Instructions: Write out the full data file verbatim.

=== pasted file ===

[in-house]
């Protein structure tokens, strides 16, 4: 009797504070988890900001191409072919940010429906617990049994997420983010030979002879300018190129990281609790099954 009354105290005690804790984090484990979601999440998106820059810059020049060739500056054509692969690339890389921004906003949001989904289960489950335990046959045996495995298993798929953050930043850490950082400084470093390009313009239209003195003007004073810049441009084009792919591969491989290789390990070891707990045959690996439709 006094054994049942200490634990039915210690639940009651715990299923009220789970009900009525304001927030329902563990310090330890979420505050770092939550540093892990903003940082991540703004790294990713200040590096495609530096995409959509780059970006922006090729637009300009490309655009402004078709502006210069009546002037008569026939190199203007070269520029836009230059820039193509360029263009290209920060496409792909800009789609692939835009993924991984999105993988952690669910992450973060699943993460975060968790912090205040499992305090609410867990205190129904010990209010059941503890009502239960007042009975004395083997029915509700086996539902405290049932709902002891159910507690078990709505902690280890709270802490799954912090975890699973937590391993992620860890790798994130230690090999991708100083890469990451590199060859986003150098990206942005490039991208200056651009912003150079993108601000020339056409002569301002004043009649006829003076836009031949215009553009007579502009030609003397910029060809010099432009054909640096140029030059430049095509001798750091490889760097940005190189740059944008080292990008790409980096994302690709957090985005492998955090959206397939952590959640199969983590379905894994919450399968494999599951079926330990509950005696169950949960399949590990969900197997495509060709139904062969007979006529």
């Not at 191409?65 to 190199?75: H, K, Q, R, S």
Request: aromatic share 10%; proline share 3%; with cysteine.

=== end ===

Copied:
[in-house]
């Protein structure tokens, strides 16, 4: 009797504070988890900001191409072919940010429906617990049994997420983010030979002879300018190129990281609790099954 009354105290005690804790984090484990979601999440998106820059810059020049060739500056054509692969690339890389921004906003949001989904289960489950335990046959045996495995298993798929953050930043850490950082400084470093390009313009239209003195003007004073810049441009084009792919591969491989290789390990070891707990045959690996439709 006094054994049942200490634990039915210690639940009651715990299923009220789970009900009525304001927030329902563990310090330890979420505050770092939550540093892990903003940082991540703004790294990713200040590096495609530096995409959509780059970006922006090729637009300009490309655009402004078709502006210069009546002037008569026939190199203007070269520029836009230059820039193509360029263009290209920060496409792909800009789609692939835009993924991984999105993988952690669910992450973060699943993460975060968790912090205040499992305090609410867990205190129904010990209010059941503890009502239960007042009975004395083997029915509700086996539902405290049932709902002891159910507690078990709505902690280890709270802490799954912090975890699973937590391993992620860890790798994130230690090999991708100083890469990451590199060859986003150098990206942005490039991208200056651009912003150079993108601000020339056409002569301002004043009649006829003076836009031949215009553009007579502009030609003397910029060809010099432009054909640096140029030059430049095509001798750091490889760097940005190189740059944008080292990008790409980096994302690709957090985005492998955090959206397939952590959640199969983590379905894994919450399968494999599951079926330990509950005696169950949960399949590990969900197997495509060709139904062969007979006529």
């Not at 191409?65 to 190199?75: H, K, Q, R, S």
Request: aromatic share 10%; proline share 3%; with cysteine.